The Impossible Knife of Memory by Laurie Halse Anderson
Hayley’s father has been attempting for five years to escape his memories of Iraq. He’s been on the road with Hayley, traveling from town to town, struggling to block out his inner demons. After coming up fruitless time and time again, finally the father-daughter duo is settling down in Hayley’s father’s hometown. Haley finally has the chance to live an ordinary life; go to school, make new friends maybe even have a boyfriend! But with Hayley’s own painful memories and her father’s PTSD pushing him to the edge, being normal seems impossible.
What I Thought of The Impossible Knife of Memory
The Impossible Knife of Memory contains some great qualities, but one characteristic of this novel takes my review from five stars to four. In this book, Laurie Halse Anderson creates a gripping, relatable novel about trauma and recovery but unlike her other books, such as Speak, The Impossible Knife of Memory lacked my emotional connection. Before delving in to why I was so unemotional about this novel, I’ll explain what I enjoyed first. Most of all, I liked how this book focused mainly on PTSD but not solely. Almost every character had their own dilemmas, each distinctive and each tied in well. For instance, Hayley’s best friend’s family was falling apart as her parents divorced, and Finn had problems that aren’t revealed until the end. This makes The Impossible Knife of Memory relatable on three fields rather than one. Finn’s secrets are another component I enjoyed about this book, that and Hayley’s father unpredictability kept me intrigued throughout the novel. Additionally, even with this heavy topic, there’s plenty of entertaining humor! So what didn’t I like? As I said earlier, in books like Speak I felt like the book was pulling on my heart’s strings, but this was not the case for The Impossible Knife of Memory. We never learned enough about Hayley’s dad for us readers to be able to really grow attached to his character, especially since his backstory about his time in Iraq/Afghanistan is somewhat of a mystery. On the other hand, I did enjoy The Impossible Knife of Memory and recommend it to any fan of Laurie Halse Anderson or contemporary fiction. But if you are looking for a heart-wrenching novel about PTSD this may not be the book for you.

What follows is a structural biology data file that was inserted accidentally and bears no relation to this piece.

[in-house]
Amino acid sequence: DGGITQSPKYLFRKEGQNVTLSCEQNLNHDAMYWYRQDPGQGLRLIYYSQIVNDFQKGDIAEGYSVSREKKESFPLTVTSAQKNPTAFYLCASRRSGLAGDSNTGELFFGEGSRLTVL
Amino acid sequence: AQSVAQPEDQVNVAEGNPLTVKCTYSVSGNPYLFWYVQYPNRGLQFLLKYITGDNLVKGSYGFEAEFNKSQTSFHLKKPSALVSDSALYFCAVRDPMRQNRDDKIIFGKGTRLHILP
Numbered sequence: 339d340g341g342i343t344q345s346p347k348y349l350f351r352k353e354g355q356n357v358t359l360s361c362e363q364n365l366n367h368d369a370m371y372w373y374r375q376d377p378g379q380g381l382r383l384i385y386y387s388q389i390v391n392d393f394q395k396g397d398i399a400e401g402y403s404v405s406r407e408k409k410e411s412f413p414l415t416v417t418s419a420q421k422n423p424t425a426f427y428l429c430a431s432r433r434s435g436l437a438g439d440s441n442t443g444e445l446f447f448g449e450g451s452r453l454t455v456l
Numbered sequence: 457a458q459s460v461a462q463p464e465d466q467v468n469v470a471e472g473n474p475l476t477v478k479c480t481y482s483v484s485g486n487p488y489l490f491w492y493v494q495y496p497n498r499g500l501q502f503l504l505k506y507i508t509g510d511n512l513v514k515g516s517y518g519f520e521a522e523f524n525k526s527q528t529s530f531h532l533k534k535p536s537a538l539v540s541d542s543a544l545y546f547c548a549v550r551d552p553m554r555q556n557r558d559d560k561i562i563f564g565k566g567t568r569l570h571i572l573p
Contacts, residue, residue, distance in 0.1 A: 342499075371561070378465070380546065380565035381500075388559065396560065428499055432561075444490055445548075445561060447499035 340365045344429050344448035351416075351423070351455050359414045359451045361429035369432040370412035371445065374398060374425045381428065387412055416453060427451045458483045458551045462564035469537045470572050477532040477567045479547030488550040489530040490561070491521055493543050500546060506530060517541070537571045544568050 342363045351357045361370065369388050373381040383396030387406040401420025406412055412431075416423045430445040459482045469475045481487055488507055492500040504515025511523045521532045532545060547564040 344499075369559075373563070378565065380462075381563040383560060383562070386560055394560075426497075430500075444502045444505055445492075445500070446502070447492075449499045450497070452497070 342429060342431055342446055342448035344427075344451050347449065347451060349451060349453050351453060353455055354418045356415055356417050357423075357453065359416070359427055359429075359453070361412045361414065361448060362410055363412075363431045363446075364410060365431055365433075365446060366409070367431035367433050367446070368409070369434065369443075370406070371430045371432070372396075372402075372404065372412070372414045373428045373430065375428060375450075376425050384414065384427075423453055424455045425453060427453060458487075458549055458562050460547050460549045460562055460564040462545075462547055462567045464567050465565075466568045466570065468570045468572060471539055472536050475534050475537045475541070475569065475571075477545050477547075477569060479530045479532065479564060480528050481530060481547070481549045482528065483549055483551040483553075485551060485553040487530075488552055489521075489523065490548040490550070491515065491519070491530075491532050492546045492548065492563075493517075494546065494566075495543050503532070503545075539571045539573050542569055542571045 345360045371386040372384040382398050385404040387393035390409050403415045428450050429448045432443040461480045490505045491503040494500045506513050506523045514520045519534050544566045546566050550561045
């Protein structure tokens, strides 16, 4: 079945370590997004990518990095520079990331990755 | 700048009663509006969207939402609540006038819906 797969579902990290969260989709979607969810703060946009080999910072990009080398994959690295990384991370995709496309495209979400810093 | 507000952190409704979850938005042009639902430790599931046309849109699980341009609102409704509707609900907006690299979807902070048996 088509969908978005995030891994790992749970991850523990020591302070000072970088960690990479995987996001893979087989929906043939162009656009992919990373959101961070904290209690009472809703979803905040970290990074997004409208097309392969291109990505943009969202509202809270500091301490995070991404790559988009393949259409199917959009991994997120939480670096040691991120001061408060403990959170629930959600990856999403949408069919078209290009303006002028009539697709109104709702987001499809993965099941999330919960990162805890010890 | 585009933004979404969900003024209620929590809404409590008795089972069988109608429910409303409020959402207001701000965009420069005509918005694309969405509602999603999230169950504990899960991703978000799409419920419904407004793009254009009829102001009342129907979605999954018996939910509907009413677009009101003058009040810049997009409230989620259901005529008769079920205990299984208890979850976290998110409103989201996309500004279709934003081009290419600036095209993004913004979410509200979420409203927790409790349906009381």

A memorable part in The Impossible Knife of Memory is when Hayley is describing other people as either “freaks” or “zombies”. I thought this described Hayley’s unique voice and character very well in only a few sentences.